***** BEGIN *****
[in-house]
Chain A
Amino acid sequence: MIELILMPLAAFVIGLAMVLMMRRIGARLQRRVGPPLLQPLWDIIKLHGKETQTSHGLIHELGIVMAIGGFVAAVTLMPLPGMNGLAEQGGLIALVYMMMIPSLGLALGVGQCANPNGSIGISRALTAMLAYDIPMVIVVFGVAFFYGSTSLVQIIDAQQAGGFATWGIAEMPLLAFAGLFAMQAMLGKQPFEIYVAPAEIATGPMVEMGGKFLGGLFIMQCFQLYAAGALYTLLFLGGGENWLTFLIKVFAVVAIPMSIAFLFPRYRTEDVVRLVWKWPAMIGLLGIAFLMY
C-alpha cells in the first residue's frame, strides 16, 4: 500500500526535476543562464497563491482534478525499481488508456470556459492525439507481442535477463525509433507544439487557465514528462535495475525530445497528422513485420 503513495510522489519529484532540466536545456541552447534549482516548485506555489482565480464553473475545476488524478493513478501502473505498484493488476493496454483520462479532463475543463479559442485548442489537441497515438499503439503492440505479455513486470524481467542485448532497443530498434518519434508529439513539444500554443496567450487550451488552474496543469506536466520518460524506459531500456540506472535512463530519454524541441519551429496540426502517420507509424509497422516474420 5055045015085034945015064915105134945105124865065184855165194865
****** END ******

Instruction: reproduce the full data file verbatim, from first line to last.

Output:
[in-house]
Chain A
Amino acid sequence: MIELILMPLAAFVIGLAMVLMMRRIGARLQRRVGPPLLQPLWDIIKLHGKETQTSHGLIHELGIVMAIGGFVAAVTLMPLPGMNGLAEQGGLIALVYMMMIPSLGLALGVGQCANPNGSIGISRALTAMLAYDIPMVIVVFGVAFFYGSTSLVQIIDAQQAGGFATWGIAEMPLLAFAGLFAMQAMLGKQPFEIYVAPAEIATGPMVEMGGKFLGGLFIMQCFQLYAAGALYTLLFLGGGENWLTFLIKVFAVVAIPMSIAFLFPRYRTEDVVRLVWKWPAMIGLLGIAFLMY
C-alpha cells in the first residue's frame, strides 16, 4: 500500500526535476543562464497563491482534478525499481488508456470556459492525439507481442535477463525509433507544439487557465514528462535495475525530445497528422513485420 503513495510522489519529484532540466536545456541552447534549482516548485506555489482565480464553473475545476488524478493513478501502473505498484493488476493496454483520462479532463475543463479559442485548442489537441497515438499503439503492440505479455513486470524481467542485448532497443530498434518519434508529439513539444500554443496567450487550451488552474496543469506536466520518460524506459531500456540506472535512463530519454524541441519551429496540426502517420507509424509497422516474420 5055045015085034945015064915105134945105124865065184855165194865